It seems as if the unknown chapter of Art history is writing itself at the moment and people are queuing up to see what all the fuss is about. It was by chance that Hilma af Klint was even discovered and brought into focus in the exhibition “The Spiritual in Art: Abstract Painting 1890-1985, LACMA 1986” whose title mirrored Kandinsky’s book Über das Geistige in der Kunst [ Concerning the Spiritual In Art (1910)] while her paintings had not been seen publicly before this exhibition what it brought light was that her work from the early 20th century predated the first purely abstract painting by Wassily Kandinsky, Piet Mondrian and Kazimir Malevich, making her the a pioneer of abstract art. Then take Georgiana Hougton whose mediumistic watercolour drawings appears to have anticipated abstract art half a century prior.
‘Weltempfänger’ – which translates as ‘World Receiver’ which was the German name for a radio that is particularly suitable for the reception of shortwave radio transmitters. The title is analogous to the artistic process of the Artist involved that they are the instruments of spiritual agency. This is especially relevant to the Automatic drawings of Georgiana Houghton, and the paintings of Hilma af Klint which are now gracing the spiral halls of the Guggenheim and the therapeutic geometries of Emma Kunz based on Radiesthesia. BWH
Art of an extraordinary unknown chapter of modernism
Weltempfänger – World Receiver
GEORGIANA HOUGHTON – HILMA AF KLINT – EMMA KUNZ
WITH FILMS BY JOHN WHITNEY, JAMES WHITNEY AND HARRY SMITH
The exhibition Weltempfänger gives an insight into an extraordinary and largely unknown chapter of modernism: Georgiana Houghton (1814-1884) developed independently in England, Hilma af Klint (1862-1944) in Sweden and Emma Kunz (1892-1963) in Switzerland each one of their own abstract, highly charged with meaning imagery. All three wanted to make visible in their works the laws of nature, the spiritual and the supersensible; with perseverance and assertiveness, they followed their convictions.
Their works are accompanied by barely known films by Harry Smith (1923-1991) and the brothers John Whitney (1917-1995) and James Whitney (1921-1982). In post-war California, artists produced experimental films in which they sought a unity of different sensory perceptions. Using innovative production methods and new media such as film and computer graphics, they created abstract, esoteric imagery. For the first time, we are presenting these extremely rare works together in an exhibition.
Georgiana Houghton, Hilma af Klint and Emma Kunz explored invisible forces and the transcendental; her works shown in the exhibition are based on spiritual experiences and communication with a higher world. The three artists understood themselves as media, as recipients of messages that perhaps only they could hear and which they held in the form of works of art. In this kind of mediumistic artistic creation, the artist’s subject withdraws from his ego, gives it to the studio door, acts as a mediator between a hidden and the visible world.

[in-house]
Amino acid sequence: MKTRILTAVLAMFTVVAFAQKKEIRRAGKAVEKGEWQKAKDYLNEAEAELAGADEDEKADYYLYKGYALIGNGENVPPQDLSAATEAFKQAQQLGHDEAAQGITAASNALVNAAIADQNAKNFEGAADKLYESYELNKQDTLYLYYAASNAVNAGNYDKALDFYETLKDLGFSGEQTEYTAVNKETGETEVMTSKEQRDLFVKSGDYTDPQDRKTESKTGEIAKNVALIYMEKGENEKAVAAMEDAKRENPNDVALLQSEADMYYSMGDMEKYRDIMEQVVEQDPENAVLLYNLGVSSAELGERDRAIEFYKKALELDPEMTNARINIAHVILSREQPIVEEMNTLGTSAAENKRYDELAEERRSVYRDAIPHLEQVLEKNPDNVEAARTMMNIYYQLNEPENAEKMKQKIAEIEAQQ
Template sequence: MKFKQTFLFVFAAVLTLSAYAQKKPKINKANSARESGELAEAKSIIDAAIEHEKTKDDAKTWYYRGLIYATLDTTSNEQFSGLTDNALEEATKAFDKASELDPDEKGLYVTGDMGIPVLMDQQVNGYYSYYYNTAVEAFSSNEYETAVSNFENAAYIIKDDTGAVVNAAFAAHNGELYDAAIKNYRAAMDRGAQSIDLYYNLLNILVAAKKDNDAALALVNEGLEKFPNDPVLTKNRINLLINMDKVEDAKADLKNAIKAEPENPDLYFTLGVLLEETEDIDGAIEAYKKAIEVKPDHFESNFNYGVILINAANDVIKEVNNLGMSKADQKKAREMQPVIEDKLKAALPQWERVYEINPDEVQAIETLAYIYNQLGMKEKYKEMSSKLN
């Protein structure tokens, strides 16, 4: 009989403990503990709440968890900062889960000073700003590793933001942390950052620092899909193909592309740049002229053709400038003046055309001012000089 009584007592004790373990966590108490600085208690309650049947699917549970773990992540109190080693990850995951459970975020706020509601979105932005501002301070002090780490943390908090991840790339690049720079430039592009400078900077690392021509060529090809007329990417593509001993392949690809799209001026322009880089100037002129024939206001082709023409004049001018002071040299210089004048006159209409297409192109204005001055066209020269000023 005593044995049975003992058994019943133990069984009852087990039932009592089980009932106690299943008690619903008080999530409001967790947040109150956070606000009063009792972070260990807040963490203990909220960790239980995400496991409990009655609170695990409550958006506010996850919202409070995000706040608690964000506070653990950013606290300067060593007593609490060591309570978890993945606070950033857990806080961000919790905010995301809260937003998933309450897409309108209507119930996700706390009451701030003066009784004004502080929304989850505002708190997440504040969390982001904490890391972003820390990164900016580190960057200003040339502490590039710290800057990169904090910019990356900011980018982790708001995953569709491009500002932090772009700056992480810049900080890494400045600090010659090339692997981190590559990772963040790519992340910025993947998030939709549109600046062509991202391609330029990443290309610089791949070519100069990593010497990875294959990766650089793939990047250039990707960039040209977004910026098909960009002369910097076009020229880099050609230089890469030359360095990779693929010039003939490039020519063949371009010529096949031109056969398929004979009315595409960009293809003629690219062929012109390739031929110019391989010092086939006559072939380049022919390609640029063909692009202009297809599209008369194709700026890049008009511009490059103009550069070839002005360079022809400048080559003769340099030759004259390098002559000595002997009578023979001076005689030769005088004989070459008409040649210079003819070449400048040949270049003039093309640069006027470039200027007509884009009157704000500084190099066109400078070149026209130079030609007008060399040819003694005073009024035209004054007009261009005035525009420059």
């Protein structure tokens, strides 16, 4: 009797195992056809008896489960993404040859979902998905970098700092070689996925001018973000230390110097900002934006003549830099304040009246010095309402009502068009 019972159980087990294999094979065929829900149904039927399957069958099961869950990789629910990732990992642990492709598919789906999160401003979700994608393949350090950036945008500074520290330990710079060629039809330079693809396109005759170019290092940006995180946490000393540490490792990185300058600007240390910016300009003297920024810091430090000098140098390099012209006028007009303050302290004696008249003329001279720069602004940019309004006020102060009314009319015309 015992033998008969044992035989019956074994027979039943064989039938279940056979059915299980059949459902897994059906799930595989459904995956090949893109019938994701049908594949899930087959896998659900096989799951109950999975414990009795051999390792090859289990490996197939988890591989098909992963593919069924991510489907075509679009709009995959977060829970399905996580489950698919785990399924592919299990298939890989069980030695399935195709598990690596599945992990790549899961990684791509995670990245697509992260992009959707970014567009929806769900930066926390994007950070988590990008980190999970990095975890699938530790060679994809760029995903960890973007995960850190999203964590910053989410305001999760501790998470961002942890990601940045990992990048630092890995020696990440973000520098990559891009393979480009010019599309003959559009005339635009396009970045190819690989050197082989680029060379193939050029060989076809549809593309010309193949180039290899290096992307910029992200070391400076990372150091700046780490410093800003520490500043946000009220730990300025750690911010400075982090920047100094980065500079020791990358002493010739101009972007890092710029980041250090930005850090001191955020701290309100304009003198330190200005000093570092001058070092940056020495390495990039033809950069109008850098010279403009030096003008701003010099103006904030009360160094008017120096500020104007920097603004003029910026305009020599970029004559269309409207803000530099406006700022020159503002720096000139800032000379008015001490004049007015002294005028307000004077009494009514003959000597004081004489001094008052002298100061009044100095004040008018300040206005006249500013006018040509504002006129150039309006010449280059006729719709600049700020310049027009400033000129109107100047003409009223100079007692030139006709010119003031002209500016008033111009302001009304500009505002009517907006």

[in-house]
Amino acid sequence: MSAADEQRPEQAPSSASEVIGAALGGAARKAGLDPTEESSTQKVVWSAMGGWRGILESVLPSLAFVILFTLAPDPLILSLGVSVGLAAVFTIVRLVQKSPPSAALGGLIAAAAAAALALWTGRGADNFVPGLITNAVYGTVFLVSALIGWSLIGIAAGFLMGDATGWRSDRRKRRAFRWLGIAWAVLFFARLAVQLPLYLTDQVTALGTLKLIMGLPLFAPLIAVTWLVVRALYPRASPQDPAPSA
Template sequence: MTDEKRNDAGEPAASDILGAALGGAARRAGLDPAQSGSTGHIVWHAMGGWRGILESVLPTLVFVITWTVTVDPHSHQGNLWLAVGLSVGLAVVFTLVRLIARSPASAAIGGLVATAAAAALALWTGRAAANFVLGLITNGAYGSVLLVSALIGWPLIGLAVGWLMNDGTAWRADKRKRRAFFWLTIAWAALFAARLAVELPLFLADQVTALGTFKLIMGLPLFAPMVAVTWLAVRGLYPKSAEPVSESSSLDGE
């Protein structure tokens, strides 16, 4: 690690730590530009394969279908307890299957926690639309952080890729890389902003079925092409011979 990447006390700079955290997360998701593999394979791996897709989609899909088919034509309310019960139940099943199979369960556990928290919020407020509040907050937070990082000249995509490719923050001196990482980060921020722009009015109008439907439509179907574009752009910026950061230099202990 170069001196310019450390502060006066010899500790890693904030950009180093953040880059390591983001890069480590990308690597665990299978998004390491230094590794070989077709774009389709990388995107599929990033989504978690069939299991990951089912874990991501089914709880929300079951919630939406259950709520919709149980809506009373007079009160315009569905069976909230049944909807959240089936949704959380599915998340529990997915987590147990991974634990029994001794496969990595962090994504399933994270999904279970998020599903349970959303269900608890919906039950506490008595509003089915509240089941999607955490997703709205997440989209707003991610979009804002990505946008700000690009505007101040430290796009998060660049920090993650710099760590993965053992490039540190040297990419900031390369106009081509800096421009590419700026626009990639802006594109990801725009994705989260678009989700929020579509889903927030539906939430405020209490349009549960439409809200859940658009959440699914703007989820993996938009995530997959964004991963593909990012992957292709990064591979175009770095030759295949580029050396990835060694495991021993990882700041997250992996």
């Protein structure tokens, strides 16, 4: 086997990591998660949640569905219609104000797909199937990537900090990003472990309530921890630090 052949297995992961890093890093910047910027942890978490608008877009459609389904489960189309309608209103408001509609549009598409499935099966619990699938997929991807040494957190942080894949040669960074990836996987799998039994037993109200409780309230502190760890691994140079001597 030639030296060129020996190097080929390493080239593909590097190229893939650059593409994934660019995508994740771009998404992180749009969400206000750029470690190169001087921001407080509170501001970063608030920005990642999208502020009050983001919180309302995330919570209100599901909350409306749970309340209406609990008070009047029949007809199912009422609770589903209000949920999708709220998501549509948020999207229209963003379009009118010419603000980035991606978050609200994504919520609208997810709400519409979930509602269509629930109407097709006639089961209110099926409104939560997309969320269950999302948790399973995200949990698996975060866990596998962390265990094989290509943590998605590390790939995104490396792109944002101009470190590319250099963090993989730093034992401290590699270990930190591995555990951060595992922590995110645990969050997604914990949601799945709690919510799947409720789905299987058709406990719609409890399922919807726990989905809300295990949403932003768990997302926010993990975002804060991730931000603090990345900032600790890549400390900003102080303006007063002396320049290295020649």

As “world receivers”, the artists could attribute the creation of images to an external source. This gave them the freedom to overcome in their work social, cultural and aesthetic boundaries and the necessary energy to actually do so. This goes hand in hand with a delimitation of the concept of the work, which is also reflected in the work of the three filmmakers: Harry Smith described his films as abstract scores to which jazz musicians should improvise live; James Whitney understood his films as tools for meditation that can provide insights into cosmic principles; and the technical equipment John Whitney developed was closely linked to the advent of modern computer technology.
The connections between the emergence of modern abstract art in the 20th century and occult as well as esoteric ideas have long been explored. Many artists sought new means of image for spiritual, metaphysical and utopian themes and found them in abstraction. At the center of this research interest is Wassily Kandinsky, who is one of the most important artists in the inventory of the Lenbachhaus. Not only his earliest abstract pictures, but also the ideas expressed in his book On the Spiritual in Art (1912) provide an important frame of reference for this project. It is not about the – ultimately unanswerable – question, who initially painted abstract, but about the manifold modes of abstraction.Abstract art does not reflect the outer, visible reality, it is rather a communication of contents that are beyond our visual perception. Their pictorial form, if one follows Kandinsky’s view, results from an “inner necessity”.
Curated by Karin Althaus and Sebastian Schneider
In collaboration with
Victorian Spiritualists’ Union, Melbourne
The Hilma af Klint Foundation, Stockholm
Emma Kunz Center, Würenlos
exhibition details : Weltempfänger exhibition LENBACHHAUS